Unlike the big cities (i.e Glasgow, Manchester and London) where you’d be lucky to see more than just Orion’s belt on a good night, Argyll has very little light pollution so on a clear night you really do see it all: stars, planets and the occasional satellite casually moving in-between.
As well as all the usual constellations that can generally be seen from anywhere in the northern hemisphere, like Ursa Major (which is partly made up of the “Big Dipper” or “Plough”), Ursa Minor, Cassiopeia and Draco; those out stargazing locally get to enjoy some truly phenomenal sights without having to use a telescope.
Being consumed by complete darkness at night allows a great view of small clusters of new born stars resulting from a supernova; the edge of the Milky Way and an a whole other galaxy in the Andromeda cluster. Even without a powerful telescope it is possible to make out shapes and details if the skies are clear although the use of any form of magnification is always
going to help the star gazers. In addition you can also enquire in the office and there is always a helpful guide on hand to assist or at least point you in the right direction or ipad address!
So before the nights get too short and the days too long it is worth getting out of cities to see the real dark skies
Spring and a middle-aged man’s thoughts…
Each year I look up the method by which the date of Easter is derived but, try as I might, I can never commit it to memory. It does feel like Easter is early this year however. We have passed the equinox (equal periods of night and day) and longer days are coming our way. The clocks have sprung forward, so it is fair to say that spring is with us.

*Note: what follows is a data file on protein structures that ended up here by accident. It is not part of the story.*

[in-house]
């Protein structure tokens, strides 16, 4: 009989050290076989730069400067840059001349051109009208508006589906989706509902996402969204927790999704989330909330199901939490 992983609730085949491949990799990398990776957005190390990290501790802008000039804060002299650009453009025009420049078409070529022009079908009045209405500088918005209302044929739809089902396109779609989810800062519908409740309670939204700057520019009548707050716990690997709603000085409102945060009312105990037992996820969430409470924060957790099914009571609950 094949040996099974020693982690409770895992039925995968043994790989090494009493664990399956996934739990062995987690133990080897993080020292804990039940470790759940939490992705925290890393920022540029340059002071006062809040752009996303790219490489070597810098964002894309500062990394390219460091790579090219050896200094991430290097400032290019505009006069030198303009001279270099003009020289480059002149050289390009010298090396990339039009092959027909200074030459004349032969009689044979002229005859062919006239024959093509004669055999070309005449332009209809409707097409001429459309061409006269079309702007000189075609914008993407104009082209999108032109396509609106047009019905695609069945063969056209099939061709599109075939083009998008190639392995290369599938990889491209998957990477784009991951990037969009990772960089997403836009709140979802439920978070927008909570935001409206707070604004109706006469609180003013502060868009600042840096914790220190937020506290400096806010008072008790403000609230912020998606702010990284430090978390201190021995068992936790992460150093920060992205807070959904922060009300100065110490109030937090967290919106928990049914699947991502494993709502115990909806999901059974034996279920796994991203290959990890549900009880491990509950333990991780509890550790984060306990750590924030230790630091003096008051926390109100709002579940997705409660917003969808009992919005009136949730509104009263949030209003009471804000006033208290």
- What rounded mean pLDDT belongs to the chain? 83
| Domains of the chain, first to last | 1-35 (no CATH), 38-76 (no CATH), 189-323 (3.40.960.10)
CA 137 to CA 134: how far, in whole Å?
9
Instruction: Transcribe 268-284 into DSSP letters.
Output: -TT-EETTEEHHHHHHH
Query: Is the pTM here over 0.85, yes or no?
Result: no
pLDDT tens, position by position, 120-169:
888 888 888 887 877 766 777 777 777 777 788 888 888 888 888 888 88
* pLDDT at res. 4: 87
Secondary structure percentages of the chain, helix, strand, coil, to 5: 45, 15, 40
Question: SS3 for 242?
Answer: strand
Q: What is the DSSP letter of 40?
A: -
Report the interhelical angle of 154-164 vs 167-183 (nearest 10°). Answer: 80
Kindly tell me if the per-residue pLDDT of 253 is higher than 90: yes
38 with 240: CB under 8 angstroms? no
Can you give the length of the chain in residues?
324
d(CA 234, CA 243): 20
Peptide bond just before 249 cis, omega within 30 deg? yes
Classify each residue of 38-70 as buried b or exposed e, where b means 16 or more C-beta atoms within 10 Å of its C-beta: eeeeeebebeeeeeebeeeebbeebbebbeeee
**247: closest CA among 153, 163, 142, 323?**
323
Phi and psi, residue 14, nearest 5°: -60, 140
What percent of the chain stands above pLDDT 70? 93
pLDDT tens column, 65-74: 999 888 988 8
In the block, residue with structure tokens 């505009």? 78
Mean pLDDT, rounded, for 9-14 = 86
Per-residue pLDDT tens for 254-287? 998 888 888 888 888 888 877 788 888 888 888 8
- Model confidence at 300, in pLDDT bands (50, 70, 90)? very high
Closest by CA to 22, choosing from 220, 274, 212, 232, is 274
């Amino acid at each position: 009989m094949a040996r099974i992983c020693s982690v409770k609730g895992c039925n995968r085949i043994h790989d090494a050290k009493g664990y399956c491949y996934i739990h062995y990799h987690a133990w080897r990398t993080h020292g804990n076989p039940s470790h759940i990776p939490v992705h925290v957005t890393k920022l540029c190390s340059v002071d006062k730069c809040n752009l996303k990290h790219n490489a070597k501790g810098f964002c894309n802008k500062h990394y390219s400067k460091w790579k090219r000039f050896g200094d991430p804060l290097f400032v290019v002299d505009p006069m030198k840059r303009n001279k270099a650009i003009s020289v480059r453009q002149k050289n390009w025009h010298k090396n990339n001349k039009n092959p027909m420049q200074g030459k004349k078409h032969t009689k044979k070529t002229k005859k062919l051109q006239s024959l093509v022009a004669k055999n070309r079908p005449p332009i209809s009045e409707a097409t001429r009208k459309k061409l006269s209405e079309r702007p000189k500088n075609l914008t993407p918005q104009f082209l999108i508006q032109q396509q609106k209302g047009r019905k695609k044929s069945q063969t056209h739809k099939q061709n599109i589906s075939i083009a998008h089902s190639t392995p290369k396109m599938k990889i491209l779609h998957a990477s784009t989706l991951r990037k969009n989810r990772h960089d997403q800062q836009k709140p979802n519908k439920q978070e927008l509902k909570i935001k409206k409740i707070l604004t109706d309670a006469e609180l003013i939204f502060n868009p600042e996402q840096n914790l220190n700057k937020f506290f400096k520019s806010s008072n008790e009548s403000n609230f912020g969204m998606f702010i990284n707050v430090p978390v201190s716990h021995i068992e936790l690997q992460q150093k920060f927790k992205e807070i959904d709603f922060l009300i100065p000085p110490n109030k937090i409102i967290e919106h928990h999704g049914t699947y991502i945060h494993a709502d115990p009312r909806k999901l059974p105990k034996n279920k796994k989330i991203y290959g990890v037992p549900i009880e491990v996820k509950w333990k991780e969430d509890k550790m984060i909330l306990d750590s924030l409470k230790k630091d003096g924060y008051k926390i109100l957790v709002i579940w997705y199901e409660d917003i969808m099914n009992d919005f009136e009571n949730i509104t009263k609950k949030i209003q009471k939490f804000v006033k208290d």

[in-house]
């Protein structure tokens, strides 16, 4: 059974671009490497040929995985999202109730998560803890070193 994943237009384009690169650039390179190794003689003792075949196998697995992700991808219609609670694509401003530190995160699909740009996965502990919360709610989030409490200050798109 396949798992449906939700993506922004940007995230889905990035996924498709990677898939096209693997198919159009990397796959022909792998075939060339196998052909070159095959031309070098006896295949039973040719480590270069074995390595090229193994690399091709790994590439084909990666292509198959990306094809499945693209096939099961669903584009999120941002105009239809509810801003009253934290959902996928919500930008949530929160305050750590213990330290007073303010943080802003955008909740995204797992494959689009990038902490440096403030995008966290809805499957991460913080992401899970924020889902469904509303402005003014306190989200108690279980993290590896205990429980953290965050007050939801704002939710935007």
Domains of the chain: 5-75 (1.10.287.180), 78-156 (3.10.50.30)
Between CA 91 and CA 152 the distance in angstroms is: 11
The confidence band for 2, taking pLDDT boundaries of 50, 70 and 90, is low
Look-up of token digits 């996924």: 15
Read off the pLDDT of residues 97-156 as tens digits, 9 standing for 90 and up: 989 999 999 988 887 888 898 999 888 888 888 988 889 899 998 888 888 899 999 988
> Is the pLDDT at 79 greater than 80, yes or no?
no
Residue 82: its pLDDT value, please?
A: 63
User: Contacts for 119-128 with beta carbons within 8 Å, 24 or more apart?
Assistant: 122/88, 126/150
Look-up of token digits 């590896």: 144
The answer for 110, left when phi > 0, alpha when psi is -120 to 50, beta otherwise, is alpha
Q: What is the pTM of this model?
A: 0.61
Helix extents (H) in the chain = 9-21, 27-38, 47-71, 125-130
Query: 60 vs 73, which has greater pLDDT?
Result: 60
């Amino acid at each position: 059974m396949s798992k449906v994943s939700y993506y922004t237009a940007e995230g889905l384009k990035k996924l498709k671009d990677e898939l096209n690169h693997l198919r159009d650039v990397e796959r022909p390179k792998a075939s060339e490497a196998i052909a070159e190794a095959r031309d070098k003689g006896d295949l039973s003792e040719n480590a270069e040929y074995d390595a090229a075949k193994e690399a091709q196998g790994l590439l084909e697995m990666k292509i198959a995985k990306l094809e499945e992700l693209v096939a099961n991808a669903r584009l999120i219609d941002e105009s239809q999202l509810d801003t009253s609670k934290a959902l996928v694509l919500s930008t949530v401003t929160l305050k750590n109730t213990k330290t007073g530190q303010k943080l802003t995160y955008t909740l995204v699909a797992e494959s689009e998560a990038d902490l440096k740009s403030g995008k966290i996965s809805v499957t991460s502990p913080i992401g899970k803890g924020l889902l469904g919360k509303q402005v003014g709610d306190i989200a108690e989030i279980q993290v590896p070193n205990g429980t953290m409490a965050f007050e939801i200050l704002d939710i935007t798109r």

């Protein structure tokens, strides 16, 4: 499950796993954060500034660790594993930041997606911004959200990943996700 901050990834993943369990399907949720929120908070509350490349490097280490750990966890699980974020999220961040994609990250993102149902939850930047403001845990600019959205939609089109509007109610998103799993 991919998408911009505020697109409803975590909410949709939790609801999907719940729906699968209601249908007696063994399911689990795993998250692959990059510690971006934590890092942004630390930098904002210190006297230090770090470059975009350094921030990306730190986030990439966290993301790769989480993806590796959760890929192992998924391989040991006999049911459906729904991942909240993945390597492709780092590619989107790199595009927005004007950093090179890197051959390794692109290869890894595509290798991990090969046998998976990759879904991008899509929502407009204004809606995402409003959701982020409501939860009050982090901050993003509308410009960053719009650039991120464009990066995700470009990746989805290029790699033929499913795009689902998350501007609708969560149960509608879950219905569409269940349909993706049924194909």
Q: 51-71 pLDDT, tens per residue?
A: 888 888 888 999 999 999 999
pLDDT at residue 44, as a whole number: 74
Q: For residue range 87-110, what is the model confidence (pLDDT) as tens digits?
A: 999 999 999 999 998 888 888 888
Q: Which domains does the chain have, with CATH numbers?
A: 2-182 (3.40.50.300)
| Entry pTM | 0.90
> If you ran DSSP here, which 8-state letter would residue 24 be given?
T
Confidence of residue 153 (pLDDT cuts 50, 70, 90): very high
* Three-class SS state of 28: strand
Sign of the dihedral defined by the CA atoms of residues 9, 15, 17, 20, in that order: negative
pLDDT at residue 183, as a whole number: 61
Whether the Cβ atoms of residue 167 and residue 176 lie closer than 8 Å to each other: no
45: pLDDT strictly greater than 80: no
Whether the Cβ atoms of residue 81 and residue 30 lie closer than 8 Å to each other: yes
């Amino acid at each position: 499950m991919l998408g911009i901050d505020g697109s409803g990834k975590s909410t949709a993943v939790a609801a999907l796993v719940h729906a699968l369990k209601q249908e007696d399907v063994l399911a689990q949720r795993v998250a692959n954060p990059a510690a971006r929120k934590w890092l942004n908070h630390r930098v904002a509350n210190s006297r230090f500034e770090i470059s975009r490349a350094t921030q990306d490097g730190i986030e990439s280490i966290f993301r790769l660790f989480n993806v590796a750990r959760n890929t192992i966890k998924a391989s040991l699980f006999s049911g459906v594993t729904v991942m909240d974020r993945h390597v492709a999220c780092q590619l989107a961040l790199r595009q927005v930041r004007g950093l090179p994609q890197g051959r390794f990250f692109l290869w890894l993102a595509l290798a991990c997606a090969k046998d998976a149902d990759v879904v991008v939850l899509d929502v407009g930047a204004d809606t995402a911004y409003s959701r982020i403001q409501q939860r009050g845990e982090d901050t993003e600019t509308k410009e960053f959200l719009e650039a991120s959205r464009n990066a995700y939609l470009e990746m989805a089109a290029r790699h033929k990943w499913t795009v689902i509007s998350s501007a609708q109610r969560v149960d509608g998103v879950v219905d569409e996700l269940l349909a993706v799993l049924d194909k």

Spring, the season when a middle-aged man’s thoughts turn to hillwalking.
Hillwalking options in Scotland are legend. In a nutshell Scotland has 284 mountains over 3,000ft above sea level. This dwarfs the four in England, eight in Wales and seven in Eire. At this stage it is worth pointing out that the measurement and classification of mountains is an activity that is fraught and there are various (generally quite tedious in my view) disagreements regarding definitions. Using any definition of what constitutes a mountain Scotland has many more.
There are some alluring aspects to the Scottish hills. The most important is that they are invariably set in scenic locations. Their remote nature restricts the numbers of visitors, so they are a great place to enjoy a little solitude. Most of the summits can be reached on foot without any technical climbing, and virtually all of them can be undertaken as one-day trips. Many of the hills are relatively family friendly and the summits are accessible for both the young and the old. Caution is required however, as the weather can change rapidly in the hills making the environment hostile.
Many readers will have already hiked in the Scottish mountains and know a fair amount about their history and location, and therefore might like to skip the forthcoming passage. The Scottish mountains that are over 3,000ft (913m) and are known as ‘Munros’. Sir Hugh Munro was the author of the first table of Scottish mountains back in 1891. There is a distinction between ‘Munros’, which are the separate mountains, and ‘tops’ which are all of the pronounced points or peaks that exceed 3,000ft.